This is a simple Arduino project used to generate Continuous Tone Coded Squelch System (CTCSS) tones.
Continuous Tone Coded Squelch System
CTCSS enables a limited selective calling (SELCAL) function as follows: A low-frequency (sub-audible) tone from a CTCSS encoder is injected into the modulator of a transmitter and decoded in a compatible receiver fitted with a CTCSS decoder. The receiver is only unmuted when the correct CTCSS tone is detected. Standardized CTCSS tones are sinusoidal and in a frequency range of 67.0Hz - 254.1Hz. For more information, please see here.
CTCSS is now widely used in Amatuer Radio VHF/UHF repeaters to stop them being keyed up by random man-made interference (QRM). This device can be retro-fitted to an older FM transceiver, which does not already have the CTCSS encoder capability, in order to permit repeater access.
The CTCSS encoder comprises the following components:
- A 16MHz Pro Micro microcontroller - Arduino Leonardo compatible
- A 12-key numeric keypad
- A 2nd-order Low Pass Filter made from 1206 surface-mounted resistors and capacitors
- A 1N4148 reverse polarity protection diode
- Solderable enameled copper wire
The schematic diagram of the CTCSS encoder is shown below.
Theory of operation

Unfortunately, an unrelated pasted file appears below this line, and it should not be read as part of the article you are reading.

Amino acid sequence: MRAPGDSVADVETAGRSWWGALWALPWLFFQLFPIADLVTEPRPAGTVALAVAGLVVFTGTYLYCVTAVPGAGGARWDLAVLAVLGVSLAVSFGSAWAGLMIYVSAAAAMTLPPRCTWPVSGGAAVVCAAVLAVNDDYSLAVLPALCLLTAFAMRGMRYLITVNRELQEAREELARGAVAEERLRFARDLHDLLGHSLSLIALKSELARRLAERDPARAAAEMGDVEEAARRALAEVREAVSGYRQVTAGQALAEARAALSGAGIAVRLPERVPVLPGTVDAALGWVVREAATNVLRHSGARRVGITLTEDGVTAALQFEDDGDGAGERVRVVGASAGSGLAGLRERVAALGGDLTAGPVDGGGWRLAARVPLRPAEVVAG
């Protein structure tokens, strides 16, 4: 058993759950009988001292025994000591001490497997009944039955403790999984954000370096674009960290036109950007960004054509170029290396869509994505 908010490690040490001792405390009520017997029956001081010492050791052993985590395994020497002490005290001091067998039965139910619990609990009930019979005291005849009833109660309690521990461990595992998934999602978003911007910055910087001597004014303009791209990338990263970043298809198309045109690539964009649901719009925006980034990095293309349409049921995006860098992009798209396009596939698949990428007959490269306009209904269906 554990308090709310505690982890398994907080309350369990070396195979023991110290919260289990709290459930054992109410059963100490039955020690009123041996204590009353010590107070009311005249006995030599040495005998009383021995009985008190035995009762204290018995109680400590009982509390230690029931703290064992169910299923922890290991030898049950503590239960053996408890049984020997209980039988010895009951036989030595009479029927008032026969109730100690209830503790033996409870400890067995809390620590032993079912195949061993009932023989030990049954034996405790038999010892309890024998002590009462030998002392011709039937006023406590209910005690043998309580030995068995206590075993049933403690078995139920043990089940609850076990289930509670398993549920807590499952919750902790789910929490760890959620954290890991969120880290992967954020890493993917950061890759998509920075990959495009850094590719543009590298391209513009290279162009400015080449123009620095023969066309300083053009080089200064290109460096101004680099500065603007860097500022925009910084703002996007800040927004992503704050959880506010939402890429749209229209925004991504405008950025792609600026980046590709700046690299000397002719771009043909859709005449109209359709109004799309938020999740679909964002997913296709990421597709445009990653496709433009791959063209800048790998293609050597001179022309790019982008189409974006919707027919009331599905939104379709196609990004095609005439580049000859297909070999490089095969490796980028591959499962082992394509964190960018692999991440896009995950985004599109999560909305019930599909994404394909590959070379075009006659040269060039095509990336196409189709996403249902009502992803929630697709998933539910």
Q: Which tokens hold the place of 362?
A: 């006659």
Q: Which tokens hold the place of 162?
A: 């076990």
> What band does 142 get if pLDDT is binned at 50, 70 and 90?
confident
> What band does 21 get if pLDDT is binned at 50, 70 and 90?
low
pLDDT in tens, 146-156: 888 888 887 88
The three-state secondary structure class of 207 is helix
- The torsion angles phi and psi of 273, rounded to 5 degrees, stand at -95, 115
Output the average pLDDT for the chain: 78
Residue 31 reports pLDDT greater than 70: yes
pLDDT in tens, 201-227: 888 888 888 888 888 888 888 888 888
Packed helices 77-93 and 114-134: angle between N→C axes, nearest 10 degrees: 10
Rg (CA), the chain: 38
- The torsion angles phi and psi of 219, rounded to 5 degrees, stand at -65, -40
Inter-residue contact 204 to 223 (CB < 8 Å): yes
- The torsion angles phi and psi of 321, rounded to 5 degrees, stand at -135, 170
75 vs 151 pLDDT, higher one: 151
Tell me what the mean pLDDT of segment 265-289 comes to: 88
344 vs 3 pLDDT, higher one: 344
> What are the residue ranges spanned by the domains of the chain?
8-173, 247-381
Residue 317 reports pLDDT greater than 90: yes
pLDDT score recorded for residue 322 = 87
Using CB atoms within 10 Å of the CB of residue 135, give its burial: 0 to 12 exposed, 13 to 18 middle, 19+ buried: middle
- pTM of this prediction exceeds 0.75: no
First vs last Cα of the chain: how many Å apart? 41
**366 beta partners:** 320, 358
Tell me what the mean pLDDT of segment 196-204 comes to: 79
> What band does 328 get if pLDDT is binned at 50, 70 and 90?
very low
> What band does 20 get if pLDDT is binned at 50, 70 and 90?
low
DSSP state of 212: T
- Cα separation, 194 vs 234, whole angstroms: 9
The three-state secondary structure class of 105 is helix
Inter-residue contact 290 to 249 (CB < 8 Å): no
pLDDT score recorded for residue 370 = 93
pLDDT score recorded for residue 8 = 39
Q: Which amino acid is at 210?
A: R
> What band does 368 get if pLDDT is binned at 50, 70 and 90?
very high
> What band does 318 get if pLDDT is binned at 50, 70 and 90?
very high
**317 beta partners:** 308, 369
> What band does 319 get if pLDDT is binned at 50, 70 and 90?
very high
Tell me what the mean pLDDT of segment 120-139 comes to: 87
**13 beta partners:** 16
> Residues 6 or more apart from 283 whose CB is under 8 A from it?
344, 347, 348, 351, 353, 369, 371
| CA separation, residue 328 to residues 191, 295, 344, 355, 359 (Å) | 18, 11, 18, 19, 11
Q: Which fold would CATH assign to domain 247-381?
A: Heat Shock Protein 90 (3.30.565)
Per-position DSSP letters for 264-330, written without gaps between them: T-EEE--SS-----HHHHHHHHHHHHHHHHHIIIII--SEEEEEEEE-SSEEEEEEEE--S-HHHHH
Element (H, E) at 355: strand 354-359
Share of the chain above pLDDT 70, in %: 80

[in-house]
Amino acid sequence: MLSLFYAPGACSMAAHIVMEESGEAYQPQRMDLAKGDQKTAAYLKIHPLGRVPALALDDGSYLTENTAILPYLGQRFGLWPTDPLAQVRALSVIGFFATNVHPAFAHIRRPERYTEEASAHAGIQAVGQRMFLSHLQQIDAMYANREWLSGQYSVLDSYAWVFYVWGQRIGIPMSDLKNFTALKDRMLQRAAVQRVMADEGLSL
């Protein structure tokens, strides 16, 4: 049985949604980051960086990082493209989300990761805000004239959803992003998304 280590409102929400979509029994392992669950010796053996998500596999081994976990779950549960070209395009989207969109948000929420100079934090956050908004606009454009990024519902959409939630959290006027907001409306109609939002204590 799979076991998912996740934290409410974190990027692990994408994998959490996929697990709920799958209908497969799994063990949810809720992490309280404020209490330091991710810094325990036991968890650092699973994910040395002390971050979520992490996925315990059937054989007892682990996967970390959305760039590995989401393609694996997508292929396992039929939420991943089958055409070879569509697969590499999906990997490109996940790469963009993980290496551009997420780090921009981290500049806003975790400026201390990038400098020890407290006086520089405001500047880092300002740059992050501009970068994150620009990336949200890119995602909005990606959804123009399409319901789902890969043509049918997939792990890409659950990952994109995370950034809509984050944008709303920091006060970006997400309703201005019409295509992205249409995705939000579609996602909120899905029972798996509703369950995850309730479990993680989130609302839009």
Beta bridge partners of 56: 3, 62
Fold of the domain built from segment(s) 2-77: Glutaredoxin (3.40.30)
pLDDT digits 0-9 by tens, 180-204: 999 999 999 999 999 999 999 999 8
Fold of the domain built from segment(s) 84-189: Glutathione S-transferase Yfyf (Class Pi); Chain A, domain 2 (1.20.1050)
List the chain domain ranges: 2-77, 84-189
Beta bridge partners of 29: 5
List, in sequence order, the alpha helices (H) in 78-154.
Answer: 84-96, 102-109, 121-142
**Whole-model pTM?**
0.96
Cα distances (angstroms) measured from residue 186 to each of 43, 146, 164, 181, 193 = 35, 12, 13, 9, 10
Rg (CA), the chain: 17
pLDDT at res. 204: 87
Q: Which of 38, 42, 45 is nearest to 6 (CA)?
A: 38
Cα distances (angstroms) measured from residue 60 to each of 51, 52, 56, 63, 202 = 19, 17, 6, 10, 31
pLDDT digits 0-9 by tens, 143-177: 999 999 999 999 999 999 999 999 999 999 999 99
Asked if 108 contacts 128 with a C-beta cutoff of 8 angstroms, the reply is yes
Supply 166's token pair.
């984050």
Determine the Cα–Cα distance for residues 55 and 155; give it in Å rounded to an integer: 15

- When the unit is powered up it generates the last valid CTCSS tone frequency entered
- The last valid frequency is recovered from the EEPROM
- The CTCSS tone frequency (in Hz) can also be entered on the keypad, using <*> for a decimal point and <#> for an enter key
- The 12-button kepad is scanned and the button-presses are debounced
- The user input is validated only after the <#> key is pressed
- Frequencies from 50.0Hz to 300Hz are deemed acceptable
- Only zero, one or two decimal places are used, but more can be entered
- The output frequency is only changed if the user input frequency is valid
- A valid user input frequency is used to populate a wave table with the amplitude values of one complete cycle of a sinewave
- A valid user input frequency is stored in EEPROM
- The length of the waveform stored in the wave table is variable and depends on the frequency chosen
- An ATmega32U4 Timer/Counter is used to generate a PWM waveform, constantly updated to approximate the required sinewave
- To produce a PWM waveform, with phase-correct transitions, the Timer/Counter works in a symmetrical up/down counting mode
- The PWM output is set and the 8-bit counter starts to count up from 0 to 255
- When the counter reaches the required sinewave amplitude value, as stored in its counter control register, the PWM output is reset
- The counter continues to count up to 255, but then reverses and starts to count down to 0